The century from the definitive capture of Crete (960) to the defeat by the Seljuk Turks at Manzikert (1071) illustrates the glorious apogee and beginning of decline of the Byzantine state. Up to the 920s, Byzantium was served by excellent generals and warrior emperors. The First was Nicephorus Phocas, who directed the conquest of Crete and capture of Candia, its capital. In the same years, Nicephorus' brother, Leo Phocas, was active in the East. Sayf al-Dawla, the Abbasid-Buyid Amir of Mosul, had captured Aleppo in Syria in 945, and had expanded to Damascus, Emesa, and Antioch. In 960, he sent a major expedition into Byzantine lands, at the same time as most Byzantine forces were in Crete. Leo allowed the Amir's forces to advance and take prisoners and plunder in Byzantine lands, while the Byzantines set up their forces at the key passes through the Taurus mountains that Sayf would need to return through. In November 961, Leo and Sayf's forces met, the latter being pulled into a well- planned Greek ambush. Sayf's forces were routed, and the Byzantine eastern frontier had been restored. In early 962, Leo led an offensive that regained fifty-five walled towns in southeastern Anatolia. In the spring, his forces went south into Syria, leaving nothing unburned or unplundered. Aleppo was eventually sacked and plundered, but left un-occupied, its Arab garrison deemed too small to be of danger. At this point, the Emperor Romanus II died, and in a protracted contest among various imperial claimants, Nicephorus Phocas emerged as Emperor by 963. He raised Leo to Imperial Court Marshal, and another prominent general, John Tzimisces, became commander-in-chief of Anatolian forces.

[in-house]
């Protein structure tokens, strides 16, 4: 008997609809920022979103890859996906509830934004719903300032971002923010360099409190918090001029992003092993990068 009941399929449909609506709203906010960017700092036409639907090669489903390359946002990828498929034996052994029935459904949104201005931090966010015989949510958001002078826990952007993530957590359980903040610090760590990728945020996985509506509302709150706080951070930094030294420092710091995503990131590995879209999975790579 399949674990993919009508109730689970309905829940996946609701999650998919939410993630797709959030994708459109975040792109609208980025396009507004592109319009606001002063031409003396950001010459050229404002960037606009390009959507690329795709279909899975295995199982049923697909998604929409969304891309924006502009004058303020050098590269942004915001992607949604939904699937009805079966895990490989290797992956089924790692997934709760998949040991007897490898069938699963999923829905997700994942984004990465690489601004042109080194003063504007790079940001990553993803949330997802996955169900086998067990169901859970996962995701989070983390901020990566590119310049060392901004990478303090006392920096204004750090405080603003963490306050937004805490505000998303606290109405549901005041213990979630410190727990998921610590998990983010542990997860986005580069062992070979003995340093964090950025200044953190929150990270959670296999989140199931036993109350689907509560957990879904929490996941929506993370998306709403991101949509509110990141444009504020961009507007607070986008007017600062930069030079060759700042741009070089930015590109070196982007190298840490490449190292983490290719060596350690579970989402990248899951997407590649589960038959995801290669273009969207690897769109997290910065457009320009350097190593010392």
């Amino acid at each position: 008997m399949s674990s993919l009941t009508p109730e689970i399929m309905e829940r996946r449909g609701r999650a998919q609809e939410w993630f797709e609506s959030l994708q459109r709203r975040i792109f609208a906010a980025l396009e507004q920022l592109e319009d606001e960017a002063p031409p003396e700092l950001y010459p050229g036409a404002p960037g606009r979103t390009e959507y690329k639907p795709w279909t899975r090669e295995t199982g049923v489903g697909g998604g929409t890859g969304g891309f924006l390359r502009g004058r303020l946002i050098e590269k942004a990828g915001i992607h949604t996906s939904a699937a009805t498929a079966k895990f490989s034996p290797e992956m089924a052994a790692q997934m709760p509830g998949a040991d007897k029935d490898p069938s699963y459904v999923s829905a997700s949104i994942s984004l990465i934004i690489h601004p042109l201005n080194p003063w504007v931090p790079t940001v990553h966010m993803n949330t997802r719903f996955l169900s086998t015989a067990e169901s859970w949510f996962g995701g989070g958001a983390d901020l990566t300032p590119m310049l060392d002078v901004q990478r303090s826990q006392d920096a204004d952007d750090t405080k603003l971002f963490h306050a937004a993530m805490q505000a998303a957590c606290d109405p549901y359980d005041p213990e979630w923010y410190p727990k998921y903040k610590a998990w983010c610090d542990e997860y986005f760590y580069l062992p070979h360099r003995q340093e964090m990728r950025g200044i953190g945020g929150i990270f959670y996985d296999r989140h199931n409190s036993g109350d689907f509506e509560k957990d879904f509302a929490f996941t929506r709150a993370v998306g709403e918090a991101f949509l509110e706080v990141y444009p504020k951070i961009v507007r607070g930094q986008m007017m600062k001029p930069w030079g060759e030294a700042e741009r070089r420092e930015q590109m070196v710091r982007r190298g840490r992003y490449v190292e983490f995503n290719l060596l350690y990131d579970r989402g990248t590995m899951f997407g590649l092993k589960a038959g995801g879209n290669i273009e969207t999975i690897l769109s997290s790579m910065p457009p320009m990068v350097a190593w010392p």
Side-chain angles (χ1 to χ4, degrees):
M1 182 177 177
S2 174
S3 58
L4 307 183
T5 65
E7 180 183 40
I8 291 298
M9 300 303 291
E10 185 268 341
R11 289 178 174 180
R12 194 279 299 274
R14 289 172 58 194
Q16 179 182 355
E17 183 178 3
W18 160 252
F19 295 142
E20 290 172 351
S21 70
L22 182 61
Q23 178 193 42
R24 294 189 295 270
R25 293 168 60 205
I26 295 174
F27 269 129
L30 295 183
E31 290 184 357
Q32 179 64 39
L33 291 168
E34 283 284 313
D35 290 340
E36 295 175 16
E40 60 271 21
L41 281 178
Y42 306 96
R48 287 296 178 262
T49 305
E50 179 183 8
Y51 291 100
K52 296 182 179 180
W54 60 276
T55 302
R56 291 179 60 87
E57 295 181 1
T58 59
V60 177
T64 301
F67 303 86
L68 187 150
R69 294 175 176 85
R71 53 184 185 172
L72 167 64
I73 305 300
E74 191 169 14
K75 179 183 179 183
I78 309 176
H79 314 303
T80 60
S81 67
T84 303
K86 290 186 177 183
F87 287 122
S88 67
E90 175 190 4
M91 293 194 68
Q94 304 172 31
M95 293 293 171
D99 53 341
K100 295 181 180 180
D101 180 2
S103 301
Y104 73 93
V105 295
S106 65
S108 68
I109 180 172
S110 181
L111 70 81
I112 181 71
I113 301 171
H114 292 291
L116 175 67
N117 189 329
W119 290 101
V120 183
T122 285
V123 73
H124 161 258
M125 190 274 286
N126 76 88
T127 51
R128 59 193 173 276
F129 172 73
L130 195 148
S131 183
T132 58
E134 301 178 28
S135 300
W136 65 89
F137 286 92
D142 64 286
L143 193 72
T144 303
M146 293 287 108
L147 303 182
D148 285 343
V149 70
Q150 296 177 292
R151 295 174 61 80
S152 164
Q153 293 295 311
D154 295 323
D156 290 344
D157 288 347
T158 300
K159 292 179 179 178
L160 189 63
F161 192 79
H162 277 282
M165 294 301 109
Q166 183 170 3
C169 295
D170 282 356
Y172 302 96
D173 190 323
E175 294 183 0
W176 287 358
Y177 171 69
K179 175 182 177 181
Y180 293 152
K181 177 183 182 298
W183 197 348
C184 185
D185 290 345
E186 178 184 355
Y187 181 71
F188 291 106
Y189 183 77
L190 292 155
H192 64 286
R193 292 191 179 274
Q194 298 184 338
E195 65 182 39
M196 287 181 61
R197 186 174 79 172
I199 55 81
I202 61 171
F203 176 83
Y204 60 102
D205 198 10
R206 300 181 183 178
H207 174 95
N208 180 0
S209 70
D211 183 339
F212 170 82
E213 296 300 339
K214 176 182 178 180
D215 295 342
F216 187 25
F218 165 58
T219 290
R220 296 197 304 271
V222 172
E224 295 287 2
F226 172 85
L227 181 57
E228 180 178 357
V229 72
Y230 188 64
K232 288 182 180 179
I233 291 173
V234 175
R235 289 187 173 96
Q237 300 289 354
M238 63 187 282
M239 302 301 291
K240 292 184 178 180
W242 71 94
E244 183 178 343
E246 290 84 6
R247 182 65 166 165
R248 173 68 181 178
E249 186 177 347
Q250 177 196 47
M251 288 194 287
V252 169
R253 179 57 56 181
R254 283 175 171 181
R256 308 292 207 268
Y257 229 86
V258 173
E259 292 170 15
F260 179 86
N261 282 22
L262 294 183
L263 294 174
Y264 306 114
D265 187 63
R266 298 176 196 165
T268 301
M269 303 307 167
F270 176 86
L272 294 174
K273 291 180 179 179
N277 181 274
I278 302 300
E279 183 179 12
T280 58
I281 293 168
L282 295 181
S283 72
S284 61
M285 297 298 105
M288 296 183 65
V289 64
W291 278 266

Nicephorus was occupied on three fronts: 1) the Eastern, Islamic; 2) the Northern, Bulgar-Russian; and 3) the internal front, comprising the Church, the Anatolian landed aristocracy, and the smallholding peasant-soldier class. He had the best success against the Turco-Arab Muslims. In 965, Byzantines recovered Tarsus, which Muslims had been using as a base for Cilician incursions. In the same year, he set his sights on Cyprus. For nearly 300 years, Caliphate and Byzantium had jointly occupied it. In 965, Nicephorus' armies occupied it totally, forming it into a Theme. Two years later Sayf al- Dawla died, and in 969 the holy city of Antioch returned to Byzantine possession after 332 years.
The northern front gave mixed results. In 965, Bulgar ambassadors arrived requesting the tribute that had been delivered to them ever since the late 920s when the Bulgar Czar at that time had married into the Byzantine family and furthered Christianization, in the process making his state an effective buffer against Magyars and Russians. Nicephorus refused the tribute, abused the ambassadors, and then advanced to the Bulgarian frontier, capturing several border towns. Not wanting to deplete troop numbers in the east, however, he elected not to invade Bulgaria himself. Instead, he made an agreement with the Viking-Russian Prince of Kiev Sviatoslav. In return for a cash gift, Sviatslov would subdue the Bulgars. Sviatoslav did this quite effectively, crumpling the Bulgar state and replacing it on the Byzantine border. By 969, when Bulgar Czar Peter died, the Russians were amassing forces right up against the Thracian border.